It is estimated that 1.3 million people died in the gas chambers at Auschwitz, then their bodies were thrown into the crematoriums. The vast majority who died there were Jews who had been forced from their homes in Hungary, Germany, Poland and France, then loaded into railroad cattle cars to be delivered to their fates.
However, upon reading the book, I learned about the events of July 16, 1942. It was on this night that German troops, with the assistance of the French Vichy government, began implementing the plan of exterminating the Parisian Jewish population.
What I had not known was how more than 4,000 children under the age of 16 had been forcibly separated from their parents. Mothers who were trying to hold onto their children were beaten by the police. Mass chaos ensued until finally the authorities stilled the protests by confronting the parents with machine guns.
The children, including toddlers, were made to live in dirty barracks and squalor. They were promised by their overseers that they would eventually be reunited with their parents in order to keep them pacified.
By the time they were loaded into the cattle cars for the three-day trek to Auschwitz, most were nearly starved with open sores covering their bodies. If a child resisted or cried, they were killed immediately, including having soldiers pick them up and smashing their heads.
The separation and the cruelty was simply a means to an end. With the exception of but a few lucky ones who had been rescued before arriving to what was termed “the killing factory,” the rest of the children were systematically murdered at Auschwitz. As SS Nazi Commandant Franz Stangl would describe, “It had nothing to do with humanity. It was a mass — a mass of rotting flesh.”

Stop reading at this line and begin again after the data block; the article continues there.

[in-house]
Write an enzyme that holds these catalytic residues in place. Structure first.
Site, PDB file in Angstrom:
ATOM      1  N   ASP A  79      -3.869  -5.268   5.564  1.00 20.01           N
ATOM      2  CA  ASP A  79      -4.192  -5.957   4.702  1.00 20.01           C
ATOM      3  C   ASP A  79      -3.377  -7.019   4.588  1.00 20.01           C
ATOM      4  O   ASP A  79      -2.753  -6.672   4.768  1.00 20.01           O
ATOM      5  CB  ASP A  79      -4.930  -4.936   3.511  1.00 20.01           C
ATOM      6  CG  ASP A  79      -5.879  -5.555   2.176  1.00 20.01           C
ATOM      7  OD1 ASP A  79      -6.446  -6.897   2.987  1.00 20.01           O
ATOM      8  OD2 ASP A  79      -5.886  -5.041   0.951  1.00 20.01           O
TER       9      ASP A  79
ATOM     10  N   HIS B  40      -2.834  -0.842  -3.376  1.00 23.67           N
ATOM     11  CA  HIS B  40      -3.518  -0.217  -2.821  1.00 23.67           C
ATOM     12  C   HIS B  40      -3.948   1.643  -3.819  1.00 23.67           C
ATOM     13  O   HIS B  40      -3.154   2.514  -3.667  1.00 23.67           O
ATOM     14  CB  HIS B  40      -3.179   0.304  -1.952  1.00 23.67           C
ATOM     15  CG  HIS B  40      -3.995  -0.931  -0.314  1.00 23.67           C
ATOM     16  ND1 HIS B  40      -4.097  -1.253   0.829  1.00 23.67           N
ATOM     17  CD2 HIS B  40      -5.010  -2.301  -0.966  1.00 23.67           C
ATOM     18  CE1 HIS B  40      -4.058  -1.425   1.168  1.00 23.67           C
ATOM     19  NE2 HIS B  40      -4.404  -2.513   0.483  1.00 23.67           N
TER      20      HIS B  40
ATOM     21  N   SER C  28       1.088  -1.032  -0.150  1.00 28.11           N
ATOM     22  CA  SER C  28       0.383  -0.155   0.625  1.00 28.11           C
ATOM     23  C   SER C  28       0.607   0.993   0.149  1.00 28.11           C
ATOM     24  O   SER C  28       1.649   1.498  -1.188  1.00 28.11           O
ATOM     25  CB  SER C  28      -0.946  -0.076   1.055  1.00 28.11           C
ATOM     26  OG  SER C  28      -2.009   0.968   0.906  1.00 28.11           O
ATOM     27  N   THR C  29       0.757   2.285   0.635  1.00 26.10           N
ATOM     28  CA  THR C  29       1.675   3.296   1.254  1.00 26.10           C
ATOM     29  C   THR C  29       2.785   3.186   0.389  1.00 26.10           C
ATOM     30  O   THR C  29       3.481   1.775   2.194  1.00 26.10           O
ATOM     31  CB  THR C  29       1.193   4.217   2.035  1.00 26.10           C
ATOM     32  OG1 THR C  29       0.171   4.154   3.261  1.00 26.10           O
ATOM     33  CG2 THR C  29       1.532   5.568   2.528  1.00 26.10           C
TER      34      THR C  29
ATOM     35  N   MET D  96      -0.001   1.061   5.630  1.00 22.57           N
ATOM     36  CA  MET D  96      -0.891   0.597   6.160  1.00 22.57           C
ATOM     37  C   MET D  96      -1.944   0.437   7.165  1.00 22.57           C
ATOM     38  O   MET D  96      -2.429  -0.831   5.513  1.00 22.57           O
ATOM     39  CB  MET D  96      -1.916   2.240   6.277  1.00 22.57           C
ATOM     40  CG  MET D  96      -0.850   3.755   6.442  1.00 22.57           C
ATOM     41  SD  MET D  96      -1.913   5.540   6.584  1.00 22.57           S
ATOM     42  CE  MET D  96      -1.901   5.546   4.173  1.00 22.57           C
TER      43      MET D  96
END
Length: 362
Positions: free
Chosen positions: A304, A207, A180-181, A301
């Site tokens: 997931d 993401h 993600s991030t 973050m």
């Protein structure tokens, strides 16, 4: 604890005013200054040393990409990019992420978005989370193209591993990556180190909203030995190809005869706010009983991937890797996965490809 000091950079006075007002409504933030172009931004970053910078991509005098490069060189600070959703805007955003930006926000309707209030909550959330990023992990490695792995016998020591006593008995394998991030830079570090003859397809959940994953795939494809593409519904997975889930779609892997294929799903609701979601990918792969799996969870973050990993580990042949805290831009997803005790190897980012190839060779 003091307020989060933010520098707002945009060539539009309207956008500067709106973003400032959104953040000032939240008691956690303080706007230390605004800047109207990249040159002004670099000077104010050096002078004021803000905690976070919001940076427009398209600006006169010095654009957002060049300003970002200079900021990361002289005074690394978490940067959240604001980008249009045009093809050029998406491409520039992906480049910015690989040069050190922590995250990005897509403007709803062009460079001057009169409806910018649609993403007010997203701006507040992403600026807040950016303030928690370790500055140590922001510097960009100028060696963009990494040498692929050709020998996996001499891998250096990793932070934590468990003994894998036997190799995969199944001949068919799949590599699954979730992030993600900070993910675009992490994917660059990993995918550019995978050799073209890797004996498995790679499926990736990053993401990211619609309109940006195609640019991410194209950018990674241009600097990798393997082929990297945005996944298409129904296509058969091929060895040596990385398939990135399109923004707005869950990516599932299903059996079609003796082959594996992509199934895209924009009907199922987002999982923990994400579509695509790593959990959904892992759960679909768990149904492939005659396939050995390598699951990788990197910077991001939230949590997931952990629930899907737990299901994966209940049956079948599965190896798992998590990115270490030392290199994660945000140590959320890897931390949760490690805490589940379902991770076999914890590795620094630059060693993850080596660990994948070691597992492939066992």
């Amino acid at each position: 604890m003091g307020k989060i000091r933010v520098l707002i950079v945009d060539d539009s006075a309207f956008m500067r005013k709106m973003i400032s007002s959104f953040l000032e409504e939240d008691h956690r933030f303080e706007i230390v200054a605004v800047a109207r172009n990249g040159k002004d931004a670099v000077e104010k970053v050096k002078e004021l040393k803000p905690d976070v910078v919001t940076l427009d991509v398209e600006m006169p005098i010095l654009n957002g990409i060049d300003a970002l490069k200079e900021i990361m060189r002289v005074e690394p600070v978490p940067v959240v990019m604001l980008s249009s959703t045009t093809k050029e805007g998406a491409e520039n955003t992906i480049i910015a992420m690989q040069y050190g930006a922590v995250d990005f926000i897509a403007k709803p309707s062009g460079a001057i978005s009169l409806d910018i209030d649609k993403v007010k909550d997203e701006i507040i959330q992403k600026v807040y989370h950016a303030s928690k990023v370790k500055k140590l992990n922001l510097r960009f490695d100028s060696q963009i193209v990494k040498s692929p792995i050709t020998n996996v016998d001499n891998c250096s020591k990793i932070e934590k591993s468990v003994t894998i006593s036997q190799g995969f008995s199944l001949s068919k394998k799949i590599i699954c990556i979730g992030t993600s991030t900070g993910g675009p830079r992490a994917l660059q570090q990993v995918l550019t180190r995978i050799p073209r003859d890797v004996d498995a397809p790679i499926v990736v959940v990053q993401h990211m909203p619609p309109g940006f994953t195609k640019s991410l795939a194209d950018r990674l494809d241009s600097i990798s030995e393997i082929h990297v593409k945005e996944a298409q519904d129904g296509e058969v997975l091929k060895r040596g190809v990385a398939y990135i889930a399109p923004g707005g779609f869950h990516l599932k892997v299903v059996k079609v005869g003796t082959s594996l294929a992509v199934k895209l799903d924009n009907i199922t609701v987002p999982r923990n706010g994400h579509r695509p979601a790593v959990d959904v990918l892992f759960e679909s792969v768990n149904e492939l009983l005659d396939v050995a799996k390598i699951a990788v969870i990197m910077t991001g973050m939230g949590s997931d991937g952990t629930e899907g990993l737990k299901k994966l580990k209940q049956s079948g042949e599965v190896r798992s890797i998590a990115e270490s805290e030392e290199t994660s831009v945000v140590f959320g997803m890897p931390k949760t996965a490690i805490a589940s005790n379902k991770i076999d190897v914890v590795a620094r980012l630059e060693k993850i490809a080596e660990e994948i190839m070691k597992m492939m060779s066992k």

What also struck me from reading the book were the attitudes of not only those who did the killing, but those whose time hadn’t yet arrived. As the children were herded onto the trains, no one protested. Instead they received expressions of disgust from their own fellow citizens. Historical documents reveal that French Premier Pierre Laval, who led the Vichy collaboration with the Nazis, had no interest in the fates of those French children. Church leaders hid, police assisted in the deportation, and the populace turned a blind eye.
I realize that it is not politically correct to compare today’s pro-abortion attitudes to those of the Nazi conspirators who, 71 years ago, led those French children to their doom. In fact, it probably is as much incorrect as it was for European Jews to criticize Adoph Hitler during his reign of terror. But I can’t help myself.
Phildelphia abortion doctor Kermit Gosnell considered his an honorable practice, despite the report of his ripping off the clothes of a 15-year-old patient and then forcing her to abort her baby despite her protests, as well as his using scissors to cut the spinal cords of living babies who were incapable of protesting.
In the same vein as the philosophies of the Holocaust, Gosnell would boldly claim, “My work to the community is valuable.” Auschwitz, too, had its own doctor of notoriety who used surgical procedures on children; his name was Josef Mengele.
Just as the good citizens of Paris supported the Germans in sending their children off to their ultimate cruel demise, abortion rights supporters in North Dakota carry placards declaring, “Abortion Providers are Heroes,” as if to say, “Thank God, we finally have someone brave enough to stand up to the unborn!” Or in Dr. Gosnell’s case, the recently born.
And in Texas, supporters of state senator and abortion rights advocate Wendy Davis raised their hands in salutes reminiscent of Hitler’s worshipers shouting, “Hail, Satan.”
There are many paths taken throughout history to justify or even sanctify the taking of innocent life. Since Roe v. Wade was decided in 1973, almost 57 million lives have been exterminated in abortion clinics throughout America. I find too many similarities in how the Nazis and the Vichy government saw things in 1941.
Simply, you can always find a reason to commit slaughter for political reasons — even against the youngest.